Parenting is hard, hard work. The older I get, the less I feel I know. The older my children are, the more I realize that there is a fine balance to be kept. It is a tightrope of emotion, hurt, healing and forgiving.
We pass on our own drama, hurt, traits and traumas to our children if we don’t heal ourselves. For many of us, the problem is that we don’t know we have healing to do.
Have you ever gone to bed and wished that the day could be a do-over? Have you lost your mind, yelled at your children and then wished immediately that you could have taken it all back? I have done this more than I wish to remember…but I no longer will subject my children to my hurts, my emotional emptiness and my longing for what I did not receive as a child.
If you grew up in a “yelly” house, chances are you will yell. If you are predisposed to yelling and you partner it with a lack of essential basic human needs of your own being met (food, sleep, a shower?) things can quickly escalate. Your mind races, your thought process becomes non-rational and you can lash out. Lashing out verbally is just as bad as lashing out physically.
What we need to understand is WHY we yell. Is it a need to be heard? Is it to gain control? Is it because we really don’t know any other way? Is it because you felt like you had no voice yourself as a child? For some, we get so caught up in the yelling that we don’t see just how much it scares and shuts down our children. If we cause our children to shut down, they won’t trust us. If we use our voice to control them, they will lose respect for us over time. They will feel abandoned by us and afraid of us. You might see it when they are young. If you don’t, you will certainly see it when they are older. They won’t come to you if they don’t feel safe. They won’t share with you. That is why we need to nurture ourselves as our children grow.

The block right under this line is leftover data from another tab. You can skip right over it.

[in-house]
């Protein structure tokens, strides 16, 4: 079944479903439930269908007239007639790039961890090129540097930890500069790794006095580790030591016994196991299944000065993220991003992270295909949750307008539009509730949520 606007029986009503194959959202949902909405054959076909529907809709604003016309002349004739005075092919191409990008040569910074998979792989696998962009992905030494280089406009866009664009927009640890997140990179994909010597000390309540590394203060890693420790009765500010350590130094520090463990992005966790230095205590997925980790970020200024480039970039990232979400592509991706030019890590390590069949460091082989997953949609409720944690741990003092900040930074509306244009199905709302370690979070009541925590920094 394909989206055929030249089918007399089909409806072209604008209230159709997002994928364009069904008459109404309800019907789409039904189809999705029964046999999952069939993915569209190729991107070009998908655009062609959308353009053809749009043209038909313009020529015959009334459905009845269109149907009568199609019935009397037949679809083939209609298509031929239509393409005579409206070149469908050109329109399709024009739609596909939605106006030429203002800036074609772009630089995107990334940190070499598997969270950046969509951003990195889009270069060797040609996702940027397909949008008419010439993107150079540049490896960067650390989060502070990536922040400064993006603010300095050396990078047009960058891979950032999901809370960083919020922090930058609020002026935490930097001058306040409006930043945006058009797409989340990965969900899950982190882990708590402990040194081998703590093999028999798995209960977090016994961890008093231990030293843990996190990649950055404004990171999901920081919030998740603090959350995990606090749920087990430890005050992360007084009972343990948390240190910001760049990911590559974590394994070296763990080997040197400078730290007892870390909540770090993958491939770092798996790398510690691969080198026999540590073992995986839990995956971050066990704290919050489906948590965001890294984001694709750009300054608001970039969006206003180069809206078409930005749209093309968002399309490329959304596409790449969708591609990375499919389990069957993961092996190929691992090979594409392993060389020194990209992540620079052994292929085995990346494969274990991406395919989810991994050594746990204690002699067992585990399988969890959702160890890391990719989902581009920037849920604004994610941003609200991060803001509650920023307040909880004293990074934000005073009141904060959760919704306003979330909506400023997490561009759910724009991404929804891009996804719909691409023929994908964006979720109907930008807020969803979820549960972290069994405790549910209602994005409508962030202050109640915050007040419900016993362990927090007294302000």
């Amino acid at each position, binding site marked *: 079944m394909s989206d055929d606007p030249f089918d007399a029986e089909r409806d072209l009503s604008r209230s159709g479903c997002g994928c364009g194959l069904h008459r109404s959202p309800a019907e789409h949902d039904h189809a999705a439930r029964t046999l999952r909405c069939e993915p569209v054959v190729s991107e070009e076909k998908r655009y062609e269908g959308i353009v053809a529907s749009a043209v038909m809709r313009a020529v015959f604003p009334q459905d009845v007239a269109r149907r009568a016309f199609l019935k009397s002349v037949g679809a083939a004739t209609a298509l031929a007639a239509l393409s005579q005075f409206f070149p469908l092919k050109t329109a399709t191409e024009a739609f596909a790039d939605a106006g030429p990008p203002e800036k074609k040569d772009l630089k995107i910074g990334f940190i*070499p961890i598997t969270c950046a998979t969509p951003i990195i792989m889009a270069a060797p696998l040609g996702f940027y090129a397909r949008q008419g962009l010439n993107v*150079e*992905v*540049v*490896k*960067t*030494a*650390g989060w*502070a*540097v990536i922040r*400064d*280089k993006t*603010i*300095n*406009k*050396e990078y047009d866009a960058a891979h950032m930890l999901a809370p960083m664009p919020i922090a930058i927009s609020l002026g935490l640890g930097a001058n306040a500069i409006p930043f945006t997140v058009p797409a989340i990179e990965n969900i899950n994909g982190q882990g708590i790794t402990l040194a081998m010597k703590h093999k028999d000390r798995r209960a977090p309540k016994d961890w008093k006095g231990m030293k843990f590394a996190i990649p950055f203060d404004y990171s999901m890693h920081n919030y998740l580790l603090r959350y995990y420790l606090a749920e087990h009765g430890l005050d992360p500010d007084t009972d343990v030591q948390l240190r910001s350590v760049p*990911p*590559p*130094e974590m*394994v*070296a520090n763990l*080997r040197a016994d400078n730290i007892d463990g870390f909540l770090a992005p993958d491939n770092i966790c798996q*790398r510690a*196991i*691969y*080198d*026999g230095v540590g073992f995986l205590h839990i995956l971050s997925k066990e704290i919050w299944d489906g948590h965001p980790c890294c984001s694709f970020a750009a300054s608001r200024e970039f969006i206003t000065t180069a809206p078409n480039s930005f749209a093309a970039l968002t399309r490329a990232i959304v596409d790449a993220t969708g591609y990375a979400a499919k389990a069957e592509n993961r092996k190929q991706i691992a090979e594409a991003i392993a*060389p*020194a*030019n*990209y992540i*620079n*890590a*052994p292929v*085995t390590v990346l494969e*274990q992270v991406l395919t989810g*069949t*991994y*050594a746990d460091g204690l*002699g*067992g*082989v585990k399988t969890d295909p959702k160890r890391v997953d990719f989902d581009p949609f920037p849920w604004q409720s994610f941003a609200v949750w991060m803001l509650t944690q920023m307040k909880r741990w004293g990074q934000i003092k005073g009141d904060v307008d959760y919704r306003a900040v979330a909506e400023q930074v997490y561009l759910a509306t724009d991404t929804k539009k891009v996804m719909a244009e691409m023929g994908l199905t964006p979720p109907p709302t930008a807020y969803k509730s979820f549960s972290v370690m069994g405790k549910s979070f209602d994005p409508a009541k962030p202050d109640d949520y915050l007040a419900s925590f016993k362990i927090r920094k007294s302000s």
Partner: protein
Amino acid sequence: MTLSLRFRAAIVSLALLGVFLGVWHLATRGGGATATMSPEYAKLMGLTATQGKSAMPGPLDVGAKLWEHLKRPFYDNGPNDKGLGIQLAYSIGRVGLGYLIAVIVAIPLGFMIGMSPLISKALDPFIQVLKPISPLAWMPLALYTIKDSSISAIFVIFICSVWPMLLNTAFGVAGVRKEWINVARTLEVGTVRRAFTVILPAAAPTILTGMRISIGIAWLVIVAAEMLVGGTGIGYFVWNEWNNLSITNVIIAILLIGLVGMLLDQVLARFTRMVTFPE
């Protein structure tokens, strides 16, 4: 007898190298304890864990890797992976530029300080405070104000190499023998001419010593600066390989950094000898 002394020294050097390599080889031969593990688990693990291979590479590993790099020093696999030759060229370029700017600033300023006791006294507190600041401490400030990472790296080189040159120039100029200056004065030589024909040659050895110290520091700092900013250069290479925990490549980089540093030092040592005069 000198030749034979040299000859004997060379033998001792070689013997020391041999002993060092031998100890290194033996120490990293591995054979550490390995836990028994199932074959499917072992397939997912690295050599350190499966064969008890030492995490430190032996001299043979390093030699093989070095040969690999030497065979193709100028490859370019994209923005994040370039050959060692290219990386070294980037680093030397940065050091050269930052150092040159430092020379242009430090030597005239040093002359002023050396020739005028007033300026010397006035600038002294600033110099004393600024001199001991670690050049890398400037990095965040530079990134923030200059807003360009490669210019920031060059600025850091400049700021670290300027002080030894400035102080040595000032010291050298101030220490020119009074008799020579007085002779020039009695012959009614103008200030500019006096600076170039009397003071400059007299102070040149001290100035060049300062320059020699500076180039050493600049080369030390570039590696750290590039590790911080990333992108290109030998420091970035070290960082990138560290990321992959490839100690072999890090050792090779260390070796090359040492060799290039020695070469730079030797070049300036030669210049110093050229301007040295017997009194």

Nurturing ourselves as we grow doesn’t mean a bubble bath and a chance to read a book. It means being self-aware. Self-awareness is the ability to understand why you are the way you are. Why you act the way you do. It is that little voice inside you – the feeling that says “this is not right. you do not want to treat your children like this.” Self- awareness is the want to change. To know better. When we know better, we do better.
To do better lays a foundation of trust, love, empathy and the ability to hold emotional space for our children. It means healing our own childhood hurts and breaking patterns of neglect, emotional disconnect and being able to honour how we are truly feeling. It means we are not perfect, but there is a “method to our madness.” It means that we want to change our methods. We need to be self-aware of our emotions when we interact with our children because we want them to be able to fully experience their own range of emotions and feel that they are in control of regulating them.
It means that we are fully aware that our parents were doing the best they could with the tools they had…but that we want better, bigger toolboxes. It does not mean blaming in the Freudian sense…it means giving ourselves the biggest gift of all….forgiveness.
To forgive someone does not mean you condone what they did. Forgiveness means not letting them control you with their actions, thoughts or beliefs anymore. It is a gift to yourself. We all must forgive ourselves for our parenting slights. We are doing the best we can with the tools we have right now. But we all want to do better. And that means that we need to ask ourselves the right questions.
Do you want to change the way you parent?
Do you want to heal your own hurts?
Do you want to feel better about all of your decisions?
Tell us how you nurture yourself as you parent. One community member will win a Calm Mum class membership for our summer Calm Mum courses. Last week’s winner is Selena! Congrats, Selena!!
With much love,
Posted By Carol Peat
Category : Blog Posted by Carol Peat on April 16, 2012